What’s up with genetically modified food | VailDaily.com
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What’s up with genetically modified food

Dana Jurich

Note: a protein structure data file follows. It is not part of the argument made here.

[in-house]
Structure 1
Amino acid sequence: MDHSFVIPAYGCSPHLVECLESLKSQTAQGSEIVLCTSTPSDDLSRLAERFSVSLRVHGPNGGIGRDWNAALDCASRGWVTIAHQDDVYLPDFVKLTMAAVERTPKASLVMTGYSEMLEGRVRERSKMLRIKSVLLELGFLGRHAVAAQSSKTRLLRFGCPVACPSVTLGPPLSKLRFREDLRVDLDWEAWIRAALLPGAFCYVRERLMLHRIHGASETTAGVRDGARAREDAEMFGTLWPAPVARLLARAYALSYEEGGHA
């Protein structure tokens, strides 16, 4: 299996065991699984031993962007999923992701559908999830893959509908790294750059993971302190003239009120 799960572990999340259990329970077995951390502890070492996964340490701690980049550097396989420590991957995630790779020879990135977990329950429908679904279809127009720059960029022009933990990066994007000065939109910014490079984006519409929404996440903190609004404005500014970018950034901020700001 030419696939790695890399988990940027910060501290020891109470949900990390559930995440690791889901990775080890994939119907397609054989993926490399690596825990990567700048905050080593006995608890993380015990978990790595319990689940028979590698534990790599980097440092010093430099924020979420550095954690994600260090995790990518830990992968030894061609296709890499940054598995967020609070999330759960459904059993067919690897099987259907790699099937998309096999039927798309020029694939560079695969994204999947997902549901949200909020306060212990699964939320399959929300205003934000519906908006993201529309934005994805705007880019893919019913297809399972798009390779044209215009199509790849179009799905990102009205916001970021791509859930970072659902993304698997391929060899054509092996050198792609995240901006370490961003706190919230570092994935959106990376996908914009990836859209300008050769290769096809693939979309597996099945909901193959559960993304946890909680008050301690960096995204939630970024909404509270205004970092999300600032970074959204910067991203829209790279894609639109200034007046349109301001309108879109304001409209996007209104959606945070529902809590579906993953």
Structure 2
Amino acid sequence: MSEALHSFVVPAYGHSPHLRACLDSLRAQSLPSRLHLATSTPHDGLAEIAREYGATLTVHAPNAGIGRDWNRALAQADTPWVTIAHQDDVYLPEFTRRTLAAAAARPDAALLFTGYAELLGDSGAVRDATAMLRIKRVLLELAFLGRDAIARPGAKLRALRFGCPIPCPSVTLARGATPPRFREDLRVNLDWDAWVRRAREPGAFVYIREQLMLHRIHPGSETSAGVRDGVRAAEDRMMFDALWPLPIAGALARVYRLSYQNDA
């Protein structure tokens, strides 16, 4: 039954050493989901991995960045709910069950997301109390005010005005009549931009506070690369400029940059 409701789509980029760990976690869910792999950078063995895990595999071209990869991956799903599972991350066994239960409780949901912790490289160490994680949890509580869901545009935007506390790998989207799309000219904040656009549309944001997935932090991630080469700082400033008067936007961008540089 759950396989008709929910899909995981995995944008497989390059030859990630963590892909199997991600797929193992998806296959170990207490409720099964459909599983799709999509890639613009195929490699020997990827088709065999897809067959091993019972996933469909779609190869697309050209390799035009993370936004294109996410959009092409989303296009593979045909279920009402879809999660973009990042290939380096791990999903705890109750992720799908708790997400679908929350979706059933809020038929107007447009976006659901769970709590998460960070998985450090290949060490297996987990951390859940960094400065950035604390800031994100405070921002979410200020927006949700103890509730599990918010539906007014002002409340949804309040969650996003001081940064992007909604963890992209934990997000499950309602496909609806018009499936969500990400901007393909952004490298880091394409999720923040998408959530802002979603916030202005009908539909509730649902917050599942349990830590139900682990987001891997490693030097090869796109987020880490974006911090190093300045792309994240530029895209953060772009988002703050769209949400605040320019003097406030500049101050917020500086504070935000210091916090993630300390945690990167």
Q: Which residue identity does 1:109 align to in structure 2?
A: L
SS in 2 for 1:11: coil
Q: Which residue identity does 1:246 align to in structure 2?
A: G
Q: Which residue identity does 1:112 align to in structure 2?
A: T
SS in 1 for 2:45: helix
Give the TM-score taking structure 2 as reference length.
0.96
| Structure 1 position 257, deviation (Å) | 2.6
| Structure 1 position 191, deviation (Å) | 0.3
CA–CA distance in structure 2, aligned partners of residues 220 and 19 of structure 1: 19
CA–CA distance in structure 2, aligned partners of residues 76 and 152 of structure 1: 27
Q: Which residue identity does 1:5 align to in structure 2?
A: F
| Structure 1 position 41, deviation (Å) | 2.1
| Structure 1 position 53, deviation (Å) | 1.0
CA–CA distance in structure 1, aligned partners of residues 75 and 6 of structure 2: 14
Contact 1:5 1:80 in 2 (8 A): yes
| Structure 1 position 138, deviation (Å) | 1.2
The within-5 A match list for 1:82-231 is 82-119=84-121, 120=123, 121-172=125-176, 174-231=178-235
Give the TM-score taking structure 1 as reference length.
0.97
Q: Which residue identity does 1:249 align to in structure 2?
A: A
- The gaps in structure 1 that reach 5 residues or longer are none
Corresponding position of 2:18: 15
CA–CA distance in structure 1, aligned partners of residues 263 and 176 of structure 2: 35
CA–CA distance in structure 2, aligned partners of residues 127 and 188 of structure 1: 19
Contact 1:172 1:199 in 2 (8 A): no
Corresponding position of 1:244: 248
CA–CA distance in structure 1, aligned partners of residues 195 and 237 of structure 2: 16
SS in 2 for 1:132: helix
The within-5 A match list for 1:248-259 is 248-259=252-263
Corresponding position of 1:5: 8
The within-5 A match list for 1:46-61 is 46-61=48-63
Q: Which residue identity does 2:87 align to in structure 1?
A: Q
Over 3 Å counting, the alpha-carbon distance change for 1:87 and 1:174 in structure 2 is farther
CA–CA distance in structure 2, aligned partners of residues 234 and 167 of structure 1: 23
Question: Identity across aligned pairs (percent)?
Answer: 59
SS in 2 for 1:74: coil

Last night was my 25th birthday, and my sweetheart and I dined by the beach in the small town in which we are staying. The barbecued crab I enjoyed for dinner was so fresh, it had been harvested out of the ocean that very morning before landing on my plate. It was by far the most delicious, buttery crabmeat I have ever consumed. The corn on the cob and baked potato that accompanied it were equally delicious, and as I ate them, the strangest thoughts popped into my head. I wondered to myself, and eventually aloud, if these agricultural products had come from very far away. Obviously they had been brought via long-tail boat from the next town over, which was considerably larger than our tiny village, but how far did they travel to get to my plate? This evolved into pondering the possibility of these products being genetically modified. If I were somewhere in America, anywhere for that matter, the answer would most definitely be yes. Were I enjoying this fabulous meal in the States, not only would my corn and potato be genetically altered, but it would also have been grown with the aid of pesticides, herbicides and other noxious chemicals. They also would more likely than not been the product of seeds provided by the agricultural giant in America, Monsanto. It is possible that they were grown with their seeds here, too. Monsanto, having all but monopolized the agricultural market in the states, has reached its tentacles far beyond the mighty Pacific. Boasting involvement in 46 countries around the globe, Monsanto is quite literally telling us what we should eat. The bummer part of that is we almost have no choice any more as to what goes down our gullets. We have become the human guinea pigs for growers and developers of genetically modified foods (GMF’s). If they had their way, every farmer on our small planet would be buying Monsanto’s “Terminator seeds” and reaping the benefits of these lab-created foods.You’ll read quotes and stats from various higher-ups who are involved in the food business, professing how this new-ish method of farming is saving space while increasing production with no side effects to speak of. What they aren’t telling you is that they have never even attempted to study them, and provide no answers for the public as to why we are getting sicker and sicker. They also aren’t telling us that Europe, Japan and other countries have refused to import or grow them, stating that they are untrustworthy and need further research. The United States’ reply was a lawsuit against the EU, claiming that they must take them, that they need them, and that they are causing a major loss in sales. They claimed that they should be compensated $1.8 billion dollars a year in lost revenue. Africa doesn’t even want them, but are forced to take them since the HIV drugs and the GMF’s we’re giving them is a package deal. There was a huge controversy lately involving Zambia, whose people are starving, but which refused American aid because it was in the form of GMF products. It seems funny to me that an entire continent that is on the brink of starvation refuses to eat the food we offer them, the food we wealthy Americans eat on a daily basis. There is something terribly wrong with this picture.The connection is obvious to me, but not to enough people to do something about it. We Americans have the highest rate of cancer in the world. We are also one of the wealthiest, and obese. It deeply concerns me that we, as the American public, have yet to make the connection between what we eat and what we have become. No one seems concerned anymore about what passes through their lips, and now we are paying the price. Here, in Thailand, everything is fresh, and everyone is healthy. I have yet to see an obese Siamese here, and I am convinced we can learn a thing or two from these people. Back home, in Vail and other parts of the country, the food we eat on a daily basis has traveled (on average) 1,500 miles to reach your mouth. Much of it comes from across the southern border, where pesticides that have been outlawed by our FDA are still in use in Mexico. We then proceed to purchase these crops from them for dirt cheap, and bring them back up here, skirting the issue of dangerous chemicals entirely. The scope of the food issue is broad, and very deep, requiring much more info than I can deliver this week to you, my friend. Consider this your homework assignment: look into the Genetically Modified Foods issue. Its much more horrifying and corrupt than what meets the eye. I am simultaneously encouraging you to start reading labels. If it doesn’t say “non-GMF,” then it is fake food. Dana Jurich of Avon writes a weekly column for the Daily. Send comments or questions to editor@vaildaily.com.Vail Daily, Vail, Colorado


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